The club was established in 1956 and joined the Midland Football League in 1961. They were founding members of the Northern Counties East Football League in 1982.
Long Eaton United has played at Grange Park, Long Eaton, since their founding in 1956. In their first season, the team—then known as The Stripes—finished second in the Central Alliance League, Division One (South), behind Skegness Town. In the clubs second season, in 1957–58, the Reserves won the Derby Senior League Cup, and in their third season, the senior team won the Division One (South) Championship. (At the time, Division One was the highest division.) In 1961–62, United were admitted to the reformed Midland Counties League, and finished in a mid-table position. Fellow Derbyshire clubs Matlock Town finished as Champions and Alfreton Town finished in last place. The reserve team took the honours the following season, winning the Central Alliance Division One Championship and the Derbyshire Divisional Cup. In 1965, United won the Derbyshire Senior Cup, beating Alfreton Town 1–0 at The Baseball Ground in Derby.
Eleven years passed before United won the Derbyshire Senior Cup again, and then Matlock Town were beaten 1–0 and 2–1 to bring the trophy back to Grange Park. But the reserves brought honours to the club by winning the Divisional Cup in seasons 1970–71 and 1971–72, and the Notts Combination Premier Division Championship.
At the end of the 1981–82 season the Midland Counties League and the Yorkshire League merged, forming the Northern Counties East League as part of the ‘pyramid’ system. Because of a lack of ground facilities, United were placed in Division One (South) and—having lost a large number of players to nearby Ilkeston Town—they struggled for three seasons, until Pete Johnson became their Manager. Under his guidance, United won a championship, were League Cup finalists (although they lost in a replay to Alfreton Town, and were promoted to the Premier Division.
In 1989–90, hampered by their lack of floodlights, United moved into the Supreme Division of the Central Midlands League, and in 1990–91 were demoted to the Premier Division. In 1992–93, however, Jim Fairley Sr., who had previously resigned after suffering a heart attack, rejoined the club as its chairman, and the club reorganised.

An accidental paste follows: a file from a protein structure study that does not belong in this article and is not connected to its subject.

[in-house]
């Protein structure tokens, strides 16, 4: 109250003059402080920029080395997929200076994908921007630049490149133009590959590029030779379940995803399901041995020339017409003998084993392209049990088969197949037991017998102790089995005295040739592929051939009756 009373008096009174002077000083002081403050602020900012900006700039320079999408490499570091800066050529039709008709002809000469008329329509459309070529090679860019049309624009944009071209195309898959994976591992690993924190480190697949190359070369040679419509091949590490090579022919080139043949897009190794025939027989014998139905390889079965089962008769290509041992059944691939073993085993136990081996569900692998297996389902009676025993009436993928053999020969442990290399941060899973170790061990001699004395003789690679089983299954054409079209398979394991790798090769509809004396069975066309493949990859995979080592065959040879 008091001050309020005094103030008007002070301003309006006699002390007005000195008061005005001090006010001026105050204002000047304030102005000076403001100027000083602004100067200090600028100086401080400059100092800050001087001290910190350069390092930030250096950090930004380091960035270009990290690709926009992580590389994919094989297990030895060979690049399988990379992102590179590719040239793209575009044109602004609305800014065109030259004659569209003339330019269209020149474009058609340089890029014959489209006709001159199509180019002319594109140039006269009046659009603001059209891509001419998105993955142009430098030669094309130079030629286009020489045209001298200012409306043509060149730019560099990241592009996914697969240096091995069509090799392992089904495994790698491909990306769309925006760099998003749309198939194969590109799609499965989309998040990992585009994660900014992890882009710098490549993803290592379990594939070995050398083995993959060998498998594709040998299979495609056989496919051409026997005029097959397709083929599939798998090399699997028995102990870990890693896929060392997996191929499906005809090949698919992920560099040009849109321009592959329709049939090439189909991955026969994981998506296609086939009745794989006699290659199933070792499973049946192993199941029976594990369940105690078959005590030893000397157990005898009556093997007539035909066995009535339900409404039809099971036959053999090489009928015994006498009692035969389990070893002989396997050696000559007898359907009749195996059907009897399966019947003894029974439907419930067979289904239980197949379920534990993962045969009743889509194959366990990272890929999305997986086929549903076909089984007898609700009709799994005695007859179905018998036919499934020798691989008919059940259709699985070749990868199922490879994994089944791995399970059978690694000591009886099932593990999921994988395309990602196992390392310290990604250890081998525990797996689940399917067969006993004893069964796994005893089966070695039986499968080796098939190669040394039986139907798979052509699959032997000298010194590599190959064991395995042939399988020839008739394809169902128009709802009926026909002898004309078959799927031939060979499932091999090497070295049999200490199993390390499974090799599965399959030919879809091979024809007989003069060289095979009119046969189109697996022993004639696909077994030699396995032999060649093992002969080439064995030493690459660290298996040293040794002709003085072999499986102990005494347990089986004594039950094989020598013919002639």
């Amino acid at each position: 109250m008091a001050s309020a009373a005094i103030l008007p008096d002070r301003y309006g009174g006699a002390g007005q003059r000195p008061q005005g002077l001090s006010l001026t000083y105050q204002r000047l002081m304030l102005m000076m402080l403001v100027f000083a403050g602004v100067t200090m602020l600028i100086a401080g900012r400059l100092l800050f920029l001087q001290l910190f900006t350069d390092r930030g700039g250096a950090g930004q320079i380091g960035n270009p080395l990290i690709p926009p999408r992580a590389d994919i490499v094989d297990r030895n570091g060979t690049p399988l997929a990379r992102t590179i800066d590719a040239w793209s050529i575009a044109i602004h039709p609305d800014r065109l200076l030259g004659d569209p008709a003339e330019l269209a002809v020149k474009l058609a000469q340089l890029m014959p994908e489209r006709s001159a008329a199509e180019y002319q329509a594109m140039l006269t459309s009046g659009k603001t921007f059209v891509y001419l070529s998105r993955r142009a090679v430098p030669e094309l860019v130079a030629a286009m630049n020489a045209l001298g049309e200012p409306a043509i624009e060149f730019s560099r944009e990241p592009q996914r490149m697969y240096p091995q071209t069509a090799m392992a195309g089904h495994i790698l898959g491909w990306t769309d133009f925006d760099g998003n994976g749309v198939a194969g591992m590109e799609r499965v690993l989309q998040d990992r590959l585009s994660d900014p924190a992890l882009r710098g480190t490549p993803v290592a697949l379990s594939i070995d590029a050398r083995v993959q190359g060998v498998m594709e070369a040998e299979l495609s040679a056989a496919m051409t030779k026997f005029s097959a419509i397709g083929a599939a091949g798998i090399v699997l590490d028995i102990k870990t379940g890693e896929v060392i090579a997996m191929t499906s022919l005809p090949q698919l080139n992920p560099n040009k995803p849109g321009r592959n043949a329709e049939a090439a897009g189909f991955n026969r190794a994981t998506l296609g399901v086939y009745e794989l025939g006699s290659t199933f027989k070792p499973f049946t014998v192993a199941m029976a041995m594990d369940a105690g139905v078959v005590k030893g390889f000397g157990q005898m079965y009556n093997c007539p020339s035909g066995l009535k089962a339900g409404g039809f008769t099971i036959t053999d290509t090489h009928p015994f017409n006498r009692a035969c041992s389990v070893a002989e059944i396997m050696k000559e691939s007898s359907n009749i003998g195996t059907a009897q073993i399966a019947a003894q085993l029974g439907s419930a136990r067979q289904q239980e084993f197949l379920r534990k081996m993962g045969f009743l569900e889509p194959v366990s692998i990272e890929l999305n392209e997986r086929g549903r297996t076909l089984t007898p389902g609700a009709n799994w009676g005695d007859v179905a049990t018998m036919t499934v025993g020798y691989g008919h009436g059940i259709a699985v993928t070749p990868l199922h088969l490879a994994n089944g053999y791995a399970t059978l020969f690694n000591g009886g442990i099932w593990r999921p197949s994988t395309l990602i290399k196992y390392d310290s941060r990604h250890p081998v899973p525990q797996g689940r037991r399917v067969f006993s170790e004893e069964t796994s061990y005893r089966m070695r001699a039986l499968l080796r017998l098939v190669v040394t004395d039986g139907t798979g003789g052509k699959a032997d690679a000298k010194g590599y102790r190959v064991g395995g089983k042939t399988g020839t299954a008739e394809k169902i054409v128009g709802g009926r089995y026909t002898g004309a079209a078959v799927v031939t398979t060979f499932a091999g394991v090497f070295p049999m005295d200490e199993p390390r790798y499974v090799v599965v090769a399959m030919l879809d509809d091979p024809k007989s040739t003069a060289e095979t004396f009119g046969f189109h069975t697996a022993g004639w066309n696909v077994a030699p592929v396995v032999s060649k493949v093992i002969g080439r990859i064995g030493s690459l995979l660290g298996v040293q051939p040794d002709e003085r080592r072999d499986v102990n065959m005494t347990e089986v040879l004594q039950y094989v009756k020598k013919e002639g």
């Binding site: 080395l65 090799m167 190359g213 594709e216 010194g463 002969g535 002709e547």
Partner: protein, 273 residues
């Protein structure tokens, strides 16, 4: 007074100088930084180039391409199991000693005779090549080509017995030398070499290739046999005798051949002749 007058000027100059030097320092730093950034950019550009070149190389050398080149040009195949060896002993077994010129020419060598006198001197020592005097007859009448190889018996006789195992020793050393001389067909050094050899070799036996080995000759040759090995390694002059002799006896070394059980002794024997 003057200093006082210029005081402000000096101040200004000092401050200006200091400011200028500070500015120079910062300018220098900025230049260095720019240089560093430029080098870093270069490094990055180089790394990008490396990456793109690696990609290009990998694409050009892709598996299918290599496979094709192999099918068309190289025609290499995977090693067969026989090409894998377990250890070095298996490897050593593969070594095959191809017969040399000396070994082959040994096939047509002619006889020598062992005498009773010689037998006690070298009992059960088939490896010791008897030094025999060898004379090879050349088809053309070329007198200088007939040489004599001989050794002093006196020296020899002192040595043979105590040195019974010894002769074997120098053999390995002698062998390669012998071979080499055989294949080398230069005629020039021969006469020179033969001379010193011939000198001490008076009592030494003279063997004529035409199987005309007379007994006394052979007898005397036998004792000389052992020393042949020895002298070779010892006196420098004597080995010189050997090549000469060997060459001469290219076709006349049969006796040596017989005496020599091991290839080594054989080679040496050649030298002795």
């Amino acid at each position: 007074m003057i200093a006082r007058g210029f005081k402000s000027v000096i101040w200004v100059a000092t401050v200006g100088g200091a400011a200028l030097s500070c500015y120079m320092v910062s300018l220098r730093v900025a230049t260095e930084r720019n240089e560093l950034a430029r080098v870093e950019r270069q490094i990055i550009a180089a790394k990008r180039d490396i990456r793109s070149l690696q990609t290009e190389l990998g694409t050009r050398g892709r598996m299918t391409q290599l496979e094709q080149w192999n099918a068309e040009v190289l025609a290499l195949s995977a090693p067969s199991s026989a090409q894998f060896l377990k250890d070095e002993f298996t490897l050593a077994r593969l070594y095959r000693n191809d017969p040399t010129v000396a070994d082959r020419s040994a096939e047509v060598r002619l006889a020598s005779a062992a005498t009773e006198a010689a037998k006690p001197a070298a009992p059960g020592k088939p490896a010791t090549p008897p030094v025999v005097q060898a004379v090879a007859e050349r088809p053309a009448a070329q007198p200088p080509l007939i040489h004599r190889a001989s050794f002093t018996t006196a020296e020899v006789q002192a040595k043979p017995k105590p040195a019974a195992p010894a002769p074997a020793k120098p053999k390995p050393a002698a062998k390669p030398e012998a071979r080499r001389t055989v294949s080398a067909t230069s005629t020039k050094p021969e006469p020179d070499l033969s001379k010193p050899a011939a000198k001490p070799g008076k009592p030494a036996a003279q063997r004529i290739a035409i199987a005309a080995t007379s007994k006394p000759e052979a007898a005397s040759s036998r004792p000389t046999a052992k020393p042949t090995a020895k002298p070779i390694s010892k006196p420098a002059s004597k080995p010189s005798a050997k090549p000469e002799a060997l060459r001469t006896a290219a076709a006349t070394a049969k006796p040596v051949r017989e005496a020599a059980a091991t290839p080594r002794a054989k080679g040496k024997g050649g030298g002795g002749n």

By 1993–94, United were back in the Supreme Division under Jim Fairley Jr., who spearheaded the formation of the clubs Youth Section. In 1996, United won enough money in the Lotttery to fund the construction of a Centre of Excellence. They began the project in 1998, installing floodlights and fencing, and building dressing rooms and multi-activity areas. In 1997, women’s football was introduced for youngsters, and today the club has two senior teams. By 2002, Grange Park had become home to more than 200 footballers, and was promoted to the Northern Counties East League Division One. This was followed by a promotion to the Premier Division at the end of the 2003–04 season.
In 2008-09 United gained runners up spot in the Northern Counties East Premier League and were also League Cup Winners that season.
In 2014–15 the club was moved laterally to the newly formed Midland Football League finishing third that season as well as lifting the Polymac Packaging League Cup beating Rocester 2-0 at Walsalls Bescot Stadium.
During that season former Deloitte partner, Nick Dargan joined the Clubs management team with the remit of helping Chairman Jim Fairley and the Committee develop a medium term business and development plan for the Club. This has culminated in significant improvements to the Clubs facilities, incorporation as a Company Limited by Guarantee from 1st June 2017 and the formation of a new Academy managed by former Ilkeston FC Academy head Paul Holland and former Boston United Academy head Steve Welsh.
As well as their Academy roles, Steve Welsh has taken over first team managerial responsibility, assisted by Shaun Rickford, with Paul Holland managing the Clubs newly formed development squad.
The club reached the Third Qualifying Round in FA Cup four times, in 1965–66, 1967–68, 1970–71 and 1976–77